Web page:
I’m embarking on a new creative pursuit, one that I have not tried before, one that I have never been that good at doing. (Perhaps because I’ve never tried.)
So, what is this new endeavor? Drawing!
Now, my 12-year-old daughter has drawn for several years now and loves it. She’s actually quite good.
So, what drew me to this?
One of the main reasons is because I wrote a children’s picture book. Unfortunately, though the images are planted somewhere in my head, I never had the ability to transfer those visuals to paper… until now.
Well, I still don’t exactly have the ability to transfer it to paper, but I’m working on it.
My wife bought me the book, Drawing on the Right Side of the Brain by Betty Edwards. Currently, I’m going through it. The first three things the workbook wants you to draw is a self-portrait (you don’t realize how ugly you are until you have to draw one), your own hand, and a corner of a room, which is, by far, the most difficult for me out of the three.
Even in this short time, however, I’ve learned more than I’ve ever known before. And it’s only been three days since I’ve started drawing.
I’ve also worked on a few things outside of the workbook. I drew my wife’s purse as it sat on the table...
...I drew our kitchen from my perspective on the table...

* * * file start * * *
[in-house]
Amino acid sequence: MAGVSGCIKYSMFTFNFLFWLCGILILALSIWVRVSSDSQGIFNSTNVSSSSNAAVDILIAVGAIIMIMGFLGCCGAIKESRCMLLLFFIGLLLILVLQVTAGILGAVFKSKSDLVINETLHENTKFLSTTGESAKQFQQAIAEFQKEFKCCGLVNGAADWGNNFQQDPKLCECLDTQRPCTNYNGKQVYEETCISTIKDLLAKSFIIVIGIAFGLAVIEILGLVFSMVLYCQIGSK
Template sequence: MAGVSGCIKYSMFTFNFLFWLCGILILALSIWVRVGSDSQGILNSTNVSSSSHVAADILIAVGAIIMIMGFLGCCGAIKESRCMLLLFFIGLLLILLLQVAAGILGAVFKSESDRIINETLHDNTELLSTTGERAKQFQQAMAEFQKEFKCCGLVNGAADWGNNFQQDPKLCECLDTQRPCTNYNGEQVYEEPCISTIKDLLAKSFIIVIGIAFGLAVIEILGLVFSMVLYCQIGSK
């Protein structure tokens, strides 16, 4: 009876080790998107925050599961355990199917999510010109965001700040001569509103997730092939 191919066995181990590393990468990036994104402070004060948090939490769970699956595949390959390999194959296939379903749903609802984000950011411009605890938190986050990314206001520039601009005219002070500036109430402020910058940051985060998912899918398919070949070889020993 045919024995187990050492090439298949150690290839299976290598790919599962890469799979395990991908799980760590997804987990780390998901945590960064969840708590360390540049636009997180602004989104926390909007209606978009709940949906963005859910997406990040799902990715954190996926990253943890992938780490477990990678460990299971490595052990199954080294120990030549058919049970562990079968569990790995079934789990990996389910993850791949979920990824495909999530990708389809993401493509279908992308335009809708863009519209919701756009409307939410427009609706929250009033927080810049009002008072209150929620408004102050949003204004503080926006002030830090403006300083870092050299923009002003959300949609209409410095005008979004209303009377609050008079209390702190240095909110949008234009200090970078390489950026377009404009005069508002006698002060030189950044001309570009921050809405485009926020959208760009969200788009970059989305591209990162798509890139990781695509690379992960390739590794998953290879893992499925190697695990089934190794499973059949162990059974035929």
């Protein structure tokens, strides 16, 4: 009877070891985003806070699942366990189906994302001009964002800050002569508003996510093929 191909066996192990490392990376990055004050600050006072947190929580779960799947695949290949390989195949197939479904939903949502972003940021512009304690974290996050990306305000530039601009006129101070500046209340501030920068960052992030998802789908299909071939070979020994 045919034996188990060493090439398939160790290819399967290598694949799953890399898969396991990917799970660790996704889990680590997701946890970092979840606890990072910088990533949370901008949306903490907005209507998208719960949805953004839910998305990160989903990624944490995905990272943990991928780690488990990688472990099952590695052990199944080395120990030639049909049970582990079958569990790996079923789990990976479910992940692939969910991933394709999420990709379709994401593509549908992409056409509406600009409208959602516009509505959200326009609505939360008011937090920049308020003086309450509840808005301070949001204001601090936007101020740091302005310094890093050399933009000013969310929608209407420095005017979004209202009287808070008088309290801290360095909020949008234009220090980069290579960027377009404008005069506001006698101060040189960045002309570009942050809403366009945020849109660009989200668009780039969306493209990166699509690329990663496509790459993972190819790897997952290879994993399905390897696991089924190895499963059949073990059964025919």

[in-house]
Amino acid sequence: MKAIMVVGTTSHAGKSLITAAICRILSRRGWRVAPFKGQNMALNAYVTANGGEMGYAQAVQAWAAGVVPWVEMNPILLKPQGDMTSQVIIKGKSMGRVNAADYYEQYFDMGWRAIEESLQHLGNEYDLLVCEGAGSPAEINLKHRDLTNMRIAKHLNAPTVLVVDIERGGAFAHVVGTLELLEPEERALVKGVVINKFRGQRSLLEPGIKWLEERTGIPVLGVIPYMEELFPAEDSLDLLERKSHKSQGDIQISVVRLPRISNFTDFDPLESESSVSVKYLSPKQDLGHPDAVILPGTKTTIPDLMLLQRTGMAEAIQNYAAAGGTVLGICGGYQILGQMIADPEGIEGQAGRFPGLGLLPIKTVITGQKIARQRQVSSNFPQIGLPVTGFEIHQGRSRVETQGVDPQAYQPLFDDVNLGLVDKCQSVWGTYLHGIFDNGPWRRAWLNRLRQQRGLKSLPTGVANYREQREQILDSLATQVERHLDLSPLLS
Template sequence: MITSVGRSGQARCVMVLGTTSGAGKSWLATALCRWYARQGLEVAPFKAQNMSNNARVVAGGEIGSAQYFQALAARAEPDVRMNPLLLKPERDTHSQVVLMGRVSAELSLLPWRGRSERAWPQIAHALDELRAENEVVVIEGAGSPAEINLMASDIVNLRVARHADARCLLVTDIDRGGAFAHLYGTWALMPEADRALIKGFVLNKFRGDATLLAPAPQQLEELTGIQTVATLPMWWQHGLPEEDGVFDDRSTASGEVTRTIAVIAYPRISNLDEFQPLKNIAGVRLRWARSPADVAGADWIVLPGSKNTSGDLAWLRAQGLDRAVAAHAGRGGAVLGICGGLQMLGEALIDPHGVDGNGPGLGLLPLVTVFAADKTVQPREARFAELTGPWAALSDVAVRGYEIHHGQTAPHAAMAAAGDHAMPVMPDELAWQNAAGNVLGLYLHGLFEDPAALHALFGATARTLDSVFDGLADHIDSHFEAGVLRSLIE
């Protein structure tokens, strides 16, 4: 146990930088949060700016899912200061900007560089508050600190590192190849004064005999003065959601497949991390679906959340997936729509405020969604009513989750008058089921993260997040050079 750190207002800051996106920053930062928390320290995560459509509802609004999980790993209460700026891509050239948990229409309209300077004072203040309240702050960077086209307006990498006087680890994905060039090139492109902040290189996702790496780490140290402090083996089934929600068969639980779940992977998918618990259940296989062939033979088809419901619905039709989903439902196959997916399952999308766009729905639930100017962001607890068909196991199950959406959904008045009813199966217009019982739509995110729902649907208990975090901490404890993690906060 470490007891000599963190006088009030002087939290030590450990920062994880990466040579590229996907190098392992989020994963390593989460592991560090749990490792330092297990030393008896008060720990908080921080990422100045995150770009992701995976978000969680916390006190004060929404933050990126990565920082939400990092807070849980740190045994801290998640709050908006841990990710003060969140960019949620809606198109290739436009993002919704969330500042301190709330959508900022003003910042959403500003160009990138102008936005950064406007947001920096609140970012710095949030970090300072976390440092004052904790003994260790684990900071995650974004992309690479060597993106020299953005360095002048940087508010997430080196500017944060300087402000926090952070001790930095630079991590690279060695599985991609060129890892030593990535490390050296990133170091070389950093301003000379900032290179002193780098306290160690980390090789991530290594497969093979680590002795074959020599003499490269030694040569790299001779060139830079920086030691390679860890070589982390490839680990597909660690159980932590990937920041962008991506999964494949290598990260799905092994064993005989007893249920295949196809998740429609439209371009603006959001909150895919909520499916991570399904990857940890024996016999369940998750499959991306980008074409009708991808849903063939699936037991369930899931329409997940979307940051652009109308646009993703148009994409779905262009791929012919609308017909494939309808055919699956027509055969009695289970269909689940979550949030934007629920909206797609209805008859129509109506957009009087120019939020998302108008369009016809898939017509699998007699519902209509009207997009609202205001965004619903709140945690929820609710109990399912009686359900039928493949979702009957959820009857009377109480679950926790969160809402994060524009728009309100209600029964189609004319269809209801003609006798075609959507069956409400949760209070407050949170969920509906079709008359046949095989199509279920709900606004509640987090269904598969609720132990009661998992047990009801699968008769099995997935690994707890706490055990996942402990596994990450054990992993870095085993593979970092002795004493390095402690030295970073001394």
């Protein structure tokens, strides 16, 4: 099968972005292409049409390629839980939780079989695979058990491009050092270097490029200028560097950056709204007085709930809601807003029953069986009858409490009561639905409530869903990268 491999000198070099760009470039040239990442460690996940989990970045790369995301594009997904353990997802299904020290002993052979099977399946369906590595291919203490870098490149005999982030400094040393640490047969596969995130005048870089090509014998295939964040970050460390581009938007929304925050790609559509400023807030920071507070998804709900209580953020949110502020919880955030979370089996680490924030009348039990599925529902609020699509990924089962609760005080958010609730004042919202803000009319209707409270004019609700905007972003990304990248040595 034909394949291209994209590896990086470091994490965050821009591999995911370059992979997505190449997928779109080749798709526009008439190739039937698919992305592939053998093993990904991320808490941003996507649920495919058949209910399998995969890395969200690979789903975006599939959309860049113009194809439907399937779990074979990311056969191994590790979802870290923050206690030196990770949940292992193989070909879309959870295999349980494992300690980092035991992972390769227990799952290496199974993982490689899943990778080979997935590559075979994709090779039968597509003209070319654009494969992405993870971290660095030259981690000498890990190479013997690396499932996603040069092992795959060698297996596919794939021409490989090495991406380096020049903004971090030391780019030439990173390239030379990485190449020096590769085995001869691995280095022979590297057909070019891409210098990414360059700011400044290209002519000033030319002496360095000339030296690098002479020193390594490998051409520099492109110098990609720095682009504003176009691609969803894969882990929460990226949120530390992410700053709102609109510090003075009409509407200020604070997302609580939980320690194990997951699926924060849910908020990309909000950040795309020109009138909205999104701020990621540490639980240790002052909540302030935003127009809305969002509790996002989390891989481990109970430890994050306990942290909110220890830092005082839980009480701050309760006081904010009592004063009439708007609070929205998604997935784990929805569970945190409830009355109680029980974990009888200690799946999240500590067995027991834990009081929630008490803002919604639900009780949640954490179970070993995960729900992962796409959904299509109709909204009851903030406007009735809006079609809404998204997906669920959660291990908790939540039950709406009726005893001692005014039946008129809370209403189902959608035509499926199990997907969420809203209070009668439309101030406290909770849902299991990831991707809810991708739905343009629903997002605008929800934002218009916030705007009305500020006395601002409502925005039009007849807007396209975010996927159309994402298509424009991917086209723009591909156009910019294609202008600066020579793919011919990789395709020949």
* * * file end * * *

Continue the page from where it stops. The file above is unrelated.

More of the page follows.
...and I drew an image from the children’s book I wrote. The book is called The Water Rose and it’s about a little girl named Evie who yearns to be cured from her disease. In the book, she plants an acorn and an archway/doorway to another world grows from it.
Don't judge too harshly. I've only been doing this for a week or so. Will this lead to something more? It's hard to say. But I do like doing it. You begin to look at the things in this world a little differently, and that can't be a bad thing. After all, is that what art is supposed to help you do?
In my series, Scar of the Downers, the inhabitants live in a land they call the Northern Reaches. As most lands, the people have formed their own customs, habits, languages, and songs. It is what makes each land unique. So, as I’ve concentrated on the series, I wanted to create the same sort of feeling in this world. I wanted readers to feel the that land has a real history, a real people.
So, in this blog post, I’ve compiled all the songs that have been sung in the two books that I’ve written thus far: Scar of the Downers and Rise of the Branded. I’ve also included one new song that is in the third and final book. The working title of the book is called War of the Reaches. Again, that is just the working title.
Crik comes across this first song as it was sung in an inn called Briars and Thickets. As you can see by the lyrics, the citizens of Ungstah have, in their past, faced starvation as well. Not just the Downers.
My wine skin is empty
My loaf of bread is gone
A man of my size can't linger on and on
My stomach's been a-rumbling
My tongue is parched and sore
Just give me one crumb that has fallen on your floor
The dog, he doesn't like it
He growls and bares his teeth